The new controversy follows endless reports about Councils being unable to meet their housing responsibilities due to the lack of new social lettings becoming available, and a particular story from Harrow in outer London which illustrated the perverse outcome of councils selling homes under the right to buy only to rent them back as private rented dwellings to meet urgent needs. Harrow estimated that it was now spending half a million pounds renting back homes it has been forced to sell. The Council loses twice – selling an asset at a huge discount from its true value – now over £100,000 in London – then paying over the odds to get it back again. This is true now in many council areas and is a huge waste of money.
Lewis claimed that ‘every additional home sold is now being replaced with a new affordable home for a new social tenant’ and that ‘Critics of right to buy are enemies of home ownership’.
There have always been two major criticisms of right to buy, and neither is about the principle that tenants should be allowed to buy. The first is that large discounts are totally unjustified and unfair. Council tenants get pilloried for being subsidised when they are not, but these new home owners get a subsidy/gift of £100,000 or more without a word of criticism. In fairness, why does the Government not give everyone who wants to own a home £100,000, why is it restricted to social tenants? The answer is that the policy is not about promoting home ownership: the ‘rejuvenated’ right to buy is just one of many Government policies aimed at getting rid of social rented housing altogether.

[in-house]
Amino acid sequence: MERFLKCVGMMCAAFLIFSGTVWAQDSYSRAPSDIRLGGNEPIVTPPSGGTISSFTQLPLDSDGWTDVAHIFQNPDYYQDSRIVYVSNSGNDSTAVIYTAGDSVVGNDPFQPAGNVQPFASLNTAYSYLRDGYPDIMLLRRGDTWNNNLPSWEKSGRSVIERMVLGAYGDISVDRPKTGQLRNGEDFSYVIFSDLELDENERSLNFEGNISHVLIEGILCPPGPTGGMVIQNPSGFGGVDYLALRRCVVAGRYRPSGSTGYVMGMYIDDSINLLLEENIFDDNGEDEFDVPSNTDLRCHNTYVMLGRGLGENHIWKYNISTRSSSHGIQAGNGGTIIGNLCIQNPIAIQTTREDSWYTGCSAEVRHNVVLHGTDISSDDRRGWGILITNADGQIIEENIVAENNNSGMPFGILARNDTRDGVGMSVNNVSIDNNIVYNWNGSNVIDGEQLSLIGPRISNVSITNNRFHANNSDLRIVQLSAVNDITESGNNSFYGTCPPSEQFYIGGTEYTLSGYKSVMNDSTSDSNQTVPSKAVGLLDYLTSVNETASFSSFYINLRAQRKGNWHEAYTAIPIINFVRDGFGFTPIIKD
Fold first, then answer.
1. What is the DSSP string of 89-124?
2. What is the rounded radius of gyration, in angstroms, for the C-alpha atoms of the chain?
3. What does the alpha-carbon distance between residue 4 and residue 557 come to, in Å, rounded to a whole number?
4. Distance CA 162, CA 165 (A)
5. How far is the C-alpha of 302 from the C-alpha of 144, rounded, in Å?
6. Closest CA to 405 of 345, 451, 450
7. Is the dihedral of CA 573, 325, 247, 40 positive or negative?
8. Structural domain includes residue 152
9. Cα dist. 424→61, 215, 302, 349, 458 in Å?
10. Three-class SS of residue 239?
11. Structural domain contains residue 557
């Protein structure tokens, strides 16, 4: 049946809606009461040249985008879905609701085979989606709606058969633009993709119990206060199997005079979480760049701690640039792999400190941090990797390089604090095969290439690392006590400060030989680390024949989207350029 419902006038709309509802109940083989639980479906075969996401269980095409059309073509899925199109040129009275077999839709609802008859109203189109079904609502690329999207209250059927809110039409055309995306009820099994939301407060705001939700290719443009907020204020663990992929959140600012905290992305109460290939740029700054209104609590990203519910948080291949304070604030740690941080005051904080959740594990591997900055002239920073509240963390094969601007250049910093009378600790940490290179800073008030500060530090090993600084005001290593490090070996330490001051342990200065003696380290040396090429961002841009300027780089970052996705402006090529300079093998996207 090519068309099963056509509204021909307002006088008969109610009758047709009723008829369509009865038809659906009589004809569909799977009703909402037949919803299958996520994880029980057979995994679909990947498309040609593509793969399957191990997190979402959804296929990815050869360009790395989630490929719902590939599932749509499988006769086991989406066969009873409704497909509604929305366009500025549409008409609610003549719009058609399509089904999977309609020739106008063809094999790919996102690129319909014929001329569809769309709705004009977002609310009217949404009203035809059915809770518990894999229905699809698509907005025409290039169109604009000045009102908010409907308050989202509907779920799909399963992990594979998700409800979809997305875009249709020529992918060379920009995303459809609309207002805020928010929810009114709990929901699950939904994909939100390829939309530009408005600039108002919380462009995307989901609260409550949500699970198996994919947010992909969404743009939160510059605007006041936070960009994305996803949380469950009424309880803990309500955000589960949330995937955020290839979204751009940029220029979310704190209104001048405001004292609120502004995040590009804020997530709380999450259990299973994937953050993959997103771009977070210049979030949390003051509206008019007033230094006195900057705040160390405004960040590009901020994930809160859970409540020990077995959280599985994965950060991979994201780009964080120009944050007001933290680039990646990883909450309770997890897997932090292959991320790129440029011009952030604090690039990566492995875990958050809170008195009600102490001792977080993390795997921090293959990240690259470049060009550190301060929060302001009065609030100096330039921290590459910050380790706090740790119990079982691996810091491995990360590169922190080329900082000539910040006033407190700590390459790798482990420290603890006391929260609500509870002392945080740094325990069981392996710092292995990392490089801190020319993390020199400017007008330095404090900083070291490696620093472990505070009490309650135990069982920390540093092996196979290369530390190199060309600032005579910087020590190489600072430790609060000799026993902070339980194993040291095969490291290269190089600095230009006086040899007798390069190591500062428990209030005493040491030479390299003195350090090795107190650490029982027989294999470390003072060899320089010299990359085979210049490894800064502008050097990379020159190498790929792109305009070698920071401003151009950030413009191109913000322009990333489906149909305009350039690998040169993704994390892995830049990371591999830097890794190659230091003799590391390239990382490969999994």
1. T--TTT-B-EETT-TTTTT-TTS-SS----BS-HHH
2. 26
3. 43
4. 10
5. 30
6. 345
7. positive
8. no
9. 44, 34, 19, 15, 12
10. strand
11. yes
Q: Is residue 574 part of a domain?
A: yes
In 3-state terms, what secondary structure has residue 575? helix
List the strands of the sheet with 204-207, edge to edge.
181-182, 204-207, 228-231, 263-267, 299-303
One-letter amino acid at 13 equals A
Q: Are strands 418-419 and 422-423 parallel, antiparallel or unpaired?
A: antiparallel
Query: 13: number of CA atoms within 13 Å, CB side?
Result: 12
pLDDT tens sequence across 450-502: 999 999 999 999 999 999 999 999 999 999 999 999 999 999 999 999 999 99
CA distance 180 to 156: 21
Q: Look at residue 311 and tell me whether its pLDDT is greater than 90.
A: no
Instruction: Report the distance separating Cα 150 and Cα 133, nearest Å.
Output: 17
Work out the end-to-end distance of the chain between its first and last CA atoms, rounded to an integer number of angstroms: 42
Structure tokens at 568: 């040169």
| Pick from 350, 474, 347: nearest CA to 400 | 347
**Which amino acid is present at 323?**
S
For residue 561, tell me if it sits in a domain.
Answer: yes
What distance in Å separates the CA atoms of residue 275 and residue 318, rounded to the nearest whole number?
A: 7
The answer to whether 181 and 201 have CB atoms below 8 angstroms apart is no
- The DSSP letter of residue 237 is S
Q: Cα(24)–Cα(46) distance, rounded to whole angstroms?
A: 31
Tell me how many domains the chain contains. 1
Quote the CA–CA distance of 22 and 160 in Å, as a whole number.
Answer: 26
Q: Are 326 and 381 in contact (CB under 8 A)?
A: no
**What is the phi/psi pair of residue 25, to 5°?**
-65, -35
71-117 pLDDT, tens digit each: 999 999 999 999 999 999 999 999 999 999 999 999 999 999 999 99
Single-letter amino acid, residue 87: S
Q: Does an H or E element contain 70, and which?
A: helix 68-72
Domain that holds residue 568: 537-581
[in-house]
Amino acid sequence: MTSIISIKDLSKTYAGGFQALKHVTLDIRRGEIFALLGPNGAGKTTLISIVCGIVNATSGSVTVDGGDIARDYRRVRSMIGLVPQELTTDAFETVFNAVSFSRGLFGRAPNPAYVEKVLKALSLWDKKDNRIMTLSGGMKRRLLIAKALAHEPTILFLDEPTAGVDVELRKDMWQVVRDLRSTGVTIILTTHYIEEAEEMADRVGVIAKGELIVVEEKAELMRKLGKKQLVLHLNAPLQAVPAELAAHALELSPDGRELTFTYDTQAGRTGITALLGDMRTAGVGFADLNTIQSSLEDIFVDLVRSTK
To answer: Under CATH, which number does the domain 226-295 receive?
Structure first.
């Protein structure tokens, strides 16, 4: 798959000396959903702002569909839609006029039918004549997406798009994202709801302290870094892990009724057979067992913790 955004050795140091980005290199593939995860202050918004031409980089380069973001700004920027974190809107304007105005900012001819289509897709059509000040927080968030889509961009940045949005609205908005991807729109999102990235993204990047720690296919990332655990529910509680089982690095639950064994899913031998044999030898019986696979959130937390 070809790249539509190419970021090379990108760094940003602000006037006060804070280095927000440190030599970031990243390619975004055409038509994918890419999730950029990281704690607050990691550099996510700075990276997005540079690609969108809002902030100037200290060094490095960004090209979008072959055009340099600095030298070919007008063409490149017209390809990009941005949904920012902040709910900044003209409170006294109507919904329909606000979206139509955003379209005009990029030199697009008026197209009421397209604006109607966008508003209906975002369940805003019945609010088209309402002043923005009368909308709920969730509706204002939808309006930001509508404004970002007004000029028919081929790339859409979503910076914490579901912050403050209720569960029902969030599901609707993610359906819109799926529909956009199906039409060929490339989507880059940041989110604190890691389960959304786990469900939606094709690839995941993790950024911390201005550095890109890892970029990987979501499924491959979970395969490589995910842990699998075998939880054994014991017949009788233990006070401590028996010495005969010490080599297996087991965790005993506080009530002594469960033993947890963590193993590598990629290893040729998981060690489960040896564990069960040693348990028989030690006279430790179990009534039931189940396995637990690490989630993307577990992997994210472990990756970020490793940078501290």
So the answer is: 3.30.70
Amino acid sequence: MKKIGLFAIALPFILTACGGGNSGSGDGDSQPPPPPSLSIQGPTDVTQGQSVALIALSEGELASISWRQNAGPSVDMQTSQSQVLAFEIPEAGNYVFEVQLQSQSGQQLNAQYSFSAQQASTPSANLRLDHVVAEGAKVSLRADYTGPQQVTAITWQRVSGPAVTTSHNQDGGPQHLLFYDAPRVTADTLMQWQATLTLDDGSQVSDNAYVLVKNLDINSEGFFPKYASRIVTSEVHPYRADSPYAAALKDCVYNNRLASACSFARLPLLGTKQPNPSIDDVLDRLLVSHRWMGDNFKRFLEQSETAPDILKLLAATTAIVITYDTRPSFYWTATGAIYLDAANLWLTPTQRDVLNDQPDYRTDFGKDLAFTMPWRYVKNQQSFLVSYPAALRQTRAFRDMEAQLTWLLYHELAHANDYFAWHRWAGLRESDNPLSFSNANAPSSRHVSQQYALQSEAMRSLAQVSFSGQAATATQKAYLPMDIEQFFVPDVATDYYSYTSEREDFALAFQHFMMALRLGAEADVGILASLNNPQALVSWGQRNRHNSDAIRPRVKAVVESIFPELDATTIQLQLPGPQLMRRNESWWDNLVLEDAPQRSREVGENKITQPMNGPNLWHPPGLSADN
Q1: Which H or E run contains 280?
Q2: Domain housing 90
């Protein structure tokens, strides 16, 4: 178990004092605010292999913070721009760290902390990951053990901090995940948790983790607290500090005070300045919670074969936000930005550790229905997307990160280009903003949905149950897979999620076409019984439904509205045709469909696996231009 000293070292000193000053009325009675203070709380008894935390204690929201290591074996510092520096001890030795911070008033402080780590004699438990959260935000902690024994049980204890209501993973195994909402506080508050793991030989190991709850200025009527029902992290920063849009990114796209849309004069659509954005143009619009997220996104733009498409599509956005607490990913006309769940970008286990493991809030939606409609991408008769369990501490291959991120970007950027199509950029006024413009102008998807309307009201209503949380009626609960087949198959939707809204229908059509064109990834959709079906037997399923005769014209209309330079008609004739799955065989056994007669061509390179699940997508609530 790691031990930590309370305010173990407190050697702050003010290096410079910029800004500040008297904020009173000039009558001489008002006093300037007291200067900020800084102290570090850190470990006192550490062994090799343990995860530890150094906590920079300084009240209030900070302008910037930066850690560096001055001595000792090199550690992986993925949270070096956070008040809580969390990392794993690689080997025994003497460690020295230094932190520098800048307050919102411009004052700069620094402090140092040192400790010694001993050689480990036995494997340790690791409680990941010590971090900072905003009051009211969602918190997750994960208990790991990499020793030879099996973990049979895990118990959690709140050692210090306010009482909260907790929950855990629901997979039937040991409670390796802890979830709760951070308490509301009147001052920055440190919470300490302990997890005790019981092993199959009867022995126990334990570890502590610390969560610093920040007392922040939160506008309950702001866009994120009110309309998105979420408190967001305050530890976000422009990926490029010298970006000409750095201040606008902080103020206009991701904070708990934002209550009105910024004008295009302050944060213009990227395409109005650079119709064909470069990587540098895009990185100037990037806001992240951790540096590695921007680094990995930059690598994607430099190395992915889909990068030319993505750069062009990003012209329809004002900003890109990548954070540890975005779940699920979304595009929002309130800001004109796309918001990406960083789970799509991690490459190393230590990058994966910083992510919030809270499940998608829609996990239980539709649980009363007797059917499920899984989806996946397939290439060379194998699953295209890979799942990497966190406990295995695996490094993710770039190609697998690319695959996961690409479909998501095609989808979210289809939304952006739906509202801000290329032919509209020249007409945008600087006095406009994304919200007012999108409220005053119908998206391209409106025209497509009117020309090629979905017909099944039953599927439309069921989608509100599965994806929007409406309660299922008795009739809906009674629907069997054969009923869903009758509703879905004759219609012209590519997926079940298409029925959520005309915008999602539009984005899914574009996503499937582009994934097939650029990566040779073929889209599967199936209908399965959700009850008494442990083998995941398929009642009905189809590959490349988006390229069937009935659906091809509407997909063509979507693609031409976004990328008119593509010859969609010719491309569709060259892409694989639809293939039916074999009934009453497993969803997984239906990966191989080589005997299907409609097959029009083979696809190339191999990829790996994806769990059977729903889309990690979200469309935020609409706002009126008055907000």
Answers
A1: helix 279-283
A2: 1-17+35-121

Government gives people £100K! Policy a great success!
It is also not about promoting home ownership in another way – as illustrated by the Harrow example. Increasingly right to buy purchasers take their discount then either become a private landlord themselves or sell on to the many private landlords waiting in the wings wanting to snap up flats for letting. It is estimated that a third of London sales go this way. Of course, privately-let flats on estates are much more expensive than social rents if they are let to people on housing benefit – so the taxpayer pays again. Frequently they are over-occupied by sharers and become a source of nuisance to neighbours. And in some cases Councils have no option but to lease them back to meet their own needs. What folly!
Lewis’s assertion about replacement needs a specific challenge. The Government never releases real evidence to show how its claim about replacement stacks up but commentators are united that it is nowhere near one for one replacement. However, as with any policy brought in by Grant Shapps, there is a trick. Lewis’s comment refers to replacing the ‘additional’ homes being sold – ie the increase due to the change in policy – rather than the total homes sold. And the other trick is that the replacement homes are at ‘affordable rents’ – at up to 80% of market rents – not ‘social rents’.
It’s not one for one and it certainly is not like for like.
There is plenty of previous Red Brick commentary on RTB – just search in the box near the top of the page – for example Monimbo’s excellent article here.